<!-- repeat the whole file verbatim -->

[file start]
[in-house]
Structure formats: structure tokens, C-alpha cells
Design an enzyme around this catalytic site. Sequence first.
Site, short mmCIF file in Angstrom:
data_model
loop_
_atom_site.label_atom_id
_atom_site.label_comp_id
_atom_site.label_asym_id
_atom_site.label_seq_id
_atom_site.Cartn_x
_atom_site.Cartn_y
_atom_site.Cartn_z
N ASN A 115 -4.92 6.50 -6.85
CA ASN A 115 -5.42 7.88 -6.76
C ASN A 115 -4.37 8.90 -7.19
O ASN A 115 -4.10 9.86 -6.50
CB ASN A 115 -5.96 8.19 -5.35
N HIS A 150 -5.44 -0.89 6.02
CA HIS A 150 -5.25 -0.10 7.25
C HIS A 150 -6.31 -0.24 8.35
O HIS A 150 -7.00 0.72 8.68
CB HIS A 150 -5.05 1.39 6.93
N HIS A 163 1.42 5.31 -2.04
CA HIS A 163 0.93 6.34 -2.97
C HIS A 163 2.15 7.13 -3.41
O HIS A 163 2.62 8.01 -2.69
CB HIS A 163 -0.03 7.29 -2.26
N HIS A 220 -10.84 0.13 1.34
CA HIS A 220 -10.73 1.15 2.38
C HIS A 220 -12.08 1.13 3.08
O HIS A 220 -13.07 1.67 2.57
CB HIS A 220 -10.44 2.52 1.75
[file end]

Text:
[in-house]
Structure formats: structure tokens, C-alpha cells
Design an enzyme around this catalytic site. Sequence first.
Site, short mmCIF file in Angstrom:
data_model
loop_
_atom_site.label_atom_id
_atom_site.label_comp_id
_atom_site.label_asym_id
_atom_site.label_seq_id
_atom_site.Cartn_x
_atom_site.Cartn_y
_atom_site.Cartn_z
N ASN A 115 -4.92 6.50 -6.85
CA ASN A 115 -5.42 7.88 -6.76
C ASN A 115 -4.37 8.90 -7.19
O ASN A 115 -4.10 9.86 -6.50
CB ASN A 115 -5.96 8.19 -5.35
N HIS A 150 -5.44 -0.89 6.02
CA HIS A 150 -5.25 -0.10 7.25
C HIS A 150 -6.31 -0.24 8.35
O HIS A 150 -7.00 0.72 8.68
CB HIS A 150 -5.05 1.39 6.93
N HIS A 163 1.42 5.31 -2.04
CA HIS A 163 0.93 6.34 -2.97
C HIS A 163 2.15 7.13 -3.41
O HIS A 163 2.62 8.01 -2.69
CB HIS A 163 -0.03 7.29 -2.26
N HIS A 220 -10.84 0.13 1.34
CA HIS A 220 -10.73 1.15 2.38
C HIS A 220 -12.08 1.13 3.08
O HIS A 220 -13.07 1.67 2.57
CB HIS A 220 -10.44 2.52 1.75